Thalmic Labs’ Myo Armband Employs Unique Gesture Control Technology
Apart from Emotiv’s mind reading wearable tech, there’s another company doing a similar sort of thing; the only difference is that it does uses arm muscle activity and EMG signals instead of involving brain waves, to control digital devices.
Last year in February, a Canadian company called Thalmic Labs got swarmed by millions of potential customers after it released a teaser video regarding its Myo armband. The device seamlessly enables its user to control electronic devices around them by simple hand and arm gestures making it the first gesture-control technology of its kind.
Unlike a majority of gesture control and sensing devices that employ the use of cameras or voice commands, the Myo armband makes use of the electrical signals produced by the user’s arm muscles. This armband takes the electrical signal inputs, translates them into commands and lets the user wirelessly control and interact with computers and other digital consumer products via intuitive actions.
The company received a good response regarding their device preview. Steve Wozniak, Apple’s co-founder, called it “very cool and impressive.” The device preview video can be seen below.
The newer model is sleeker, significantly lighter and employs medical grade stainless steel instead of copper sensor pads, which were featured in its alpha version. The nifty device resembles a series of black rectangular shaped blocks held together via flexible rubber cables on the top and bottom, which can be adjusted accordingly based on the user’s arm size.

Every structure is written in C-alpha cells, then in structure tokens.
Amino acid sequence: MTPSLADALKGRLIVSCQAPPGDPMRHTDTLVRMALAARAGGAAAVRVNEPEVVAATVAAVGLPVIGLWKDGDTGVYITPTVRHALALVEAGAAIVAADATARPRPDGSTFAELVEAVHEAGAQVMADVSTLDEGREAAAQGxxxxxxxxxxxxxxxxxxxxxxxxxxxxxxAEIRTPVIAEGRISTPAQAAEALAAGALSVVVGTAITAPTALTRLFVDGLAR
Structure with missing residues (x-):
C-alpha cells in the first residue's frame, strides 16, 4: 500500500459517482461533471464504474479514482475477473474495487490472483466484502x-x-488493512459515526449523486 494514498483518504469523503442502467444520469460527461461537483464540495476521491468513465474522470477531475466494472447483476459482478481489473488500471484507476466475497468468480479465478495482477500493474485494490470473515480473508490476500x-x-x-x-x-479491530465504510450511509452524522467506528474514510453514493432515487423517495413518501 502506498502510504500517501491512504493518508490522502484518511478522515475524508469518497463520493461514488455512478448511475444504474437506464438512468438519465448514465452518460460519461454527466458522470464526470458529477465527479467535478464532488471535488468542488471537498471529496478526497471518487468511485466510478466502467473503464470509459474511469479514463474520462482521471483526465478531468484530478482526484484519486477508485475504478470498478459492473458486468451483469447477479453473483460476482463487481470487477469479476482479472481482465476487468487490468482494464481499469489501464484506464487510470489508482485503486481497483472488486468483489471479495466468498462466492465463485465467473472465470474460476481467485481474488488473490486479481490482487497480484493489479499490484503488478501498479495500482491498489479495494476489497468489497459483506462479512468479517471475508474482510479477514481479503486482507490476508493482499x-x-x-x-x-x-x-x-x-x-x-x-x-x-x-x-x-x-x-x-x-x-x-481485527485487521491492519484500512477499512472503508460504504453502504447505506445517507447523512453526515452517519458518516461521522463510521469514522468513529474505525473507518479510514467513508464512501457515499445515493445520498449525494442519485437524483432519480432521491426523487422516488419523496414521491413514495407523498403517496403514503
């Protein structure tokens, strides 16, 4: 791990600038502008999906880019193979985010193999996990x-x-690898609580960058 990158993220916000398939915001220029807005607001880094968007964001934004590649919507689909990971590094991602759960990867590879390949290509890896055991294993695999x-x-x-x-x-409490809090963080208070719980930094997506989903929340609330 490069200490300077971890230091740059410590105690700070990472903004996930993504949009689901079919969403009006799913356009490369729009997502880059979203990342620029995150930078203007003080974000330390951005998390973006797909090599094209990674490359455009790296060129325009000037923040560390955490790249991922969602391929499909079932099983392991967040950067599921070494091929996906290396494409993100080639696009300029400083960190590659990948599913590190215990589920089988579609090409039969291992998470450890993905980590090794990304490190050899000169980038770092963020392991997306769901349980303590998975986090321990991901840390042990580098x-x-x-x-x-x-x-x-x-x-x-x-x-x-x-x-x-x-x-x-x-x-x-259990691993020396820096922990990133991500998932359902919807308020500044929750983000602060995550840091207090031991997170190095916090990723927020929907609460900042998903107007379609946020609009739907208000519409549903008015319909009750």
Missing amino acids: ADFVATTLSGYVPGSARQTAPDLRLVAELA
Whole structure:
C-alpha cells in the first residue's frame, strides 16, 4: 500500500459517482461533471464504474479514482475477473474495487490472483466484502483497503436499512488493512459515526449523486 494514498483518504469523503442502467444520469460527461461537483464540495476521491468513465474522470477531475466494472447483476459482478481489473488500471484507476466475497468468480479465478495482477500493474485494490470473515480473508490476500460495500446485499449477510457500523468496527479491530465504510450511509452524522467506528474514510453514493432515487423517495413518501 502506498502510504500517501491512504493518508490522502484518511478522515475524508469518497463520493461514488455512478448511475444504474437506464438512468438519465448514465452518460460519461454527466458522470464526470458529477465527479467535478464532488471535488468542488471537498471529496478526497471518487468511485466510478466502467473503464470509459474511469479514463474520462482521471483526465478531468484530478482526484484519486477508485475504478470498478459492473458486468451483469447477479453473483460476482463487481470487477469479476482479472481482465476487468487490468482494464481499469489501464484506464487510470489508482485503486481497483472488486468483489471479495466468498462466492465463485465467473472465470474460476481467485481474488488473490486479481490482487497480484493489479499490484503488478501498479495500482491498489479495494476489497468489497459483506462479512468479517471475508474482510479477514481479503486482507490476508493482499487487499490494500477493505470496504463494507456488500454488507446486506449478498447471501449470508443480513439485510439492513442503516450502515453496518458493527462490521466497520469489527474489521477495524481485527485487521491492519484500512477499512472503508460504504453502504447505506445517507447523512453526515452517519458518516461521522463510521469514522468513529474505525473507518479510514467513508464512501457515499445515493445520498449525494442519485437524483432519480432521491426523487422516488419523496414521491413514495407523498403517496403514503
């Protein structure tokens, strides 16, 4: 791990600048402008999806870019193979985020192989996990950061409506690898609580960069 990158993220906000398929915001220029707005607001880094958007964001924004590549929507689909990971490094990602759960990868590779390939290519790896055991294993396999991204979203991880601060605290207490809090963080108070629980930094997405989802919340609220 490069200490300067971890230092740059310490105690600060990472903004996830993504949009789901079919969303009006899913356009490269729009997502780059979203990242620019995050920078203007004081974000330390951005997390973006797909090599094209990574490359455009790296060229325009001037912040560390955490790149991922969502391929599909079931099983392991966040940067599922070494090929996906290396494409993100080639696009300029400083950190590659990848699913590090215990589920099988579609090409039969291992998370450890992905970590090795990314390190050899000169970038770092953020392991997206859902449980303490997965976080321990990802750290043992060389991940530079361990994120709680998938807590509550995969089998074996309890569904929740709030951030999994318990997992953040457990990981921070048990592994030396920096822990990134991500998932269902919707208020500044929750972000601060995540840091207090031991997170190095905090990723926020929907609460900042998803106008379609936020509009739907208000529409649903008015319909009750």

A comparison of both devices can be seen below:
Stephen Lake, CEO and Co-founder of Thalmic Labs, stated in the press release that:
Our team has put countless hours into creating the sleek design we’re showing today, as well as the technology inside of it. This final design is rugged, while also being lightweight, making it easy for the Myo armband to become a part of our everyday lives.
The blog, on the other hand, reveals the thinking process behind the newer version. It explains:
Many of the challenges that we had to overcome over the past six months stemmed from our determination to create a device that was thin, robust, and one-size-fits all. Having a single size that fits all adults is a very challenging goal given the variance in forearm sizes, but is one that we were passionate about achieving with this design.
In case it is not explicitly clear, the Myo armband is ready for pre-ordering. We’re really excited about getting our hands on one, which costs almost $150 a piece. Are you?